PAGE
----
The “Achievement Gap” is a name used to describe the persistent and unjust disparity between test scores among different racial and economic groups enrolled in South Carolina’s government schools.
New data have been released, and some are hoping it constitutes a reversal of this troubling long term trend.
The political publicists at the State Department of Education spun it this way:
South Carolina’s “achievement gap” between white and African-American students mirrors the rest of the nation’s, according to a federal government report released today. Although mathematics and reading test scores have improved for both ethnic groups, the gap between the two has decreased only in math.
But looking past the soundbites, the data do not seem to mesh with other, independently gauged, indicators. Continue reading
“I think that might be seen in South Carolina as defensible.”
-Superintendent “Dropout Jim” Rex on lifting the sales tax cap on cars, planes and boats
From the time that cuts to the state budget were first considered a necessity, Jim Rex has opposed any actions that would take money from the public education establishment. Despite the fact that South Carolinians in every income bracket are struggling to deal with a negative economic climate, Rex has continued to put on an aggrieved air, and acted as if education bureaucrats are bearing the entire weight of the state’s economic woes. Continue reading
One-size-fits-all government schools: YOUR tax dollars forcing a square peg into a round hole.
With the help of a $191,000 federal grant, an after-school program will be able starting up at an Aiken County elementary school.
“Aiken Families in Transition,” the grant recipient, will take in up to 125 students who need after-school help in a wide variety of academic and critical-thinking subjects.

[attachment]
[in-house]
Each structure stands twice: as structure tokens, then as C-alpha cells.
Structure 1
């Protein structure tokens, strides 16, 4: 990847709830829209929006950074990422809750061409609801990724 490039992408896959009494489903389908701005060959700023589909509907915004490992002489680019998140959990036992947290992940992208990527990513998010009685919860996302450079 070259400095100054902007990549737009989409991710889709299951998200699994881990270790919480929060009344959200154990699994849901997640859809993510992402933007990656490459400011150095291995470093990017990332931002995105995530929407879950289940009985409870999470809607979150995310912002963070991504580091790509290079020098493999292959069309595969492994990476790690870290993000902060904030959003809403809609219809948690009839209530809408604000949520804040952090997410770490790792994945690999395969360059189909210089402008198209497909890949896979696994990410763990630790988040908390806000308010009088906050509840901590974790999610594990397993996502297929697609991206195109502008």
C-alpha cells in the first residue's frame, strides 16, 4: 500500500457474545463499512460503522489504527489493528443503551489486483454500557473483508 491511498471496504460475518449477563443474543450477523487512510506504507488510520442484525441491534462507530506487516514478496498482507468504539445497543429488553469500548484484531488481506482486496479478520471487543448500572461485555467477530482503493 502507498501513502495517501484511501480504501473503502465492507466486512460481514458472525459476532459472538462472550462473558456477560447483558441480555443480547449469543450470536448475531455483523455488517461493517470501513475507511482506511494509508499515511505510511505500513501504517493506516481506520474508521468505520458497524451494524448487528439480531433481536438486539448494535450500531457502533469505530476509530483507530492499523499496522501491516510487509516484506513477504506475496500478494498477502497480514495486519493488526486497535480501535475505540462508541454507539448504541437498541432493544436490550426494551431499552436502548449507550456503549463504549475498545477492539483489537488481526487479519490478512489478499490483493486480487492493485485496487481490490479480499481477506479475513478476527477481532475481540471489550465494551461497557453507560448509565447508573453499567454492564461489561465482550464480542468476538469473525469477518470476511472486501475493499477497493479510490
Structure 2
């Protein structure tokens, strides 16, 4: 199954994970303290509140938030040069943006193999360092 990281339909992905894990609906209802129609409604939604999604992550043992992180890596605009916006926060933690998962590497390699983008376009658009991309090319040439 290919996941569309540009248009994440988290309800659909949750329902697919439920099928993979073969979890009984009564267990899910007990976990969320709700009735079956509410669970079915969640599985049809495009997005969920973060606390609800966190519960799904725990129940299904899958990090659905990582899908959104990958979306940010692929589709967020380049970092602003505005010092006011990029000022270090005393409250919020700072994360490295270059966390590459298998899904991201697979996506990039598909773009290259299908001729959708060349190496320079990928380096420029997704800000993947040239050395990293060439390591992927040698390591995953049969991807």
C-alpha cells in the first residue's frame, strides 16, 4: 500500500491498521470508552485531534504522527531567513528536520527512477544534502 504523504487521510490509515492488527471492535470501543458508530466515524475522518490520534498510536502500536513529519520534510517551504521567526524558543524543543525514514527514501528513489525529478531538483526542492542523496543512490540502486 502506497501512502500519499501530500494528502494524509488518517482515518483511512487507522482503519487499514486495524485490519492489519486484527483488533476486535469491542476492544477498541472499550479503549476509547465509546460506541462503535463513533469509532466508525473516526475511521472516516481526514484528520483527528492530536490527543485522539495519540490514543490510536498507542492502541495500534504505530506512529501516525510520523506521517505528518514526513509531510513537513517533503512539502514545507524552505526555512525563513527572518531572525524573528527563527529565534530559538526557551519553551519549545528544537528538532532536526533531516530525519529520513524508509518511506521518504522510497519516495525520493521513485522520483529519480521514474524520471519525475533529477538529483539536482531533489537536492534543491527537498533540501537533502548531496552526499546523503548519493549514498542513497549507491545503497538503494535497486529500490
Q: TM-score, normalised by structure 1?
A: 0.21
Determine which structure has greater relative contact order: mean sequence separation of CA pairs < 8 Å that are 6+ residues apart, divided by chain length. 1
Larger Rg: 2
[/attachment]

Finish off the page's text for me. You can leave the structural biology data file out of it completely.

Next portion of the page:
According to a State Department of Education press release, Superintendent Rex expressed encouragement for the program, stating, “ Students who are struggling in class can get a real academic boost in a well-run after-school setting.”
Through a variety of grants and private contributions, some of the needy students in Aiken County are going to get the instruction they need to compete and excel. For these students, who undoubtedly have a wide variety of learning needs and aptitudes, this help is going to come from outside a traditional, public school classroom.
In his televised “State of Our Schools” talk, Rex addressed an uncomortable question posed by The Voice: If schools are so broke, why are many administrators running up bills at a “Leadership Conference” in Myrtle Beach that they fully intend to hand off to the taxpayers back home?
Besides trying to minimize the question with condescending laughter, Rex pointed out that only 800 bureaucrats were in attendance, unlike the 1800 that attended last year. Additionally, representatives from some of the state’s most challenged schools were in attendance, and the issues facing them must be addressed in the setting provided by the SCASA ( South Carolina Association of School Administrators) “Leadership Conference.”
Rex finished off by pointing out that a significant portion of the state’s tourist revenue comes from Myrtle Beach, and that cancelling the “long-standing” SCASA conference would be detrimental to the tourism industry.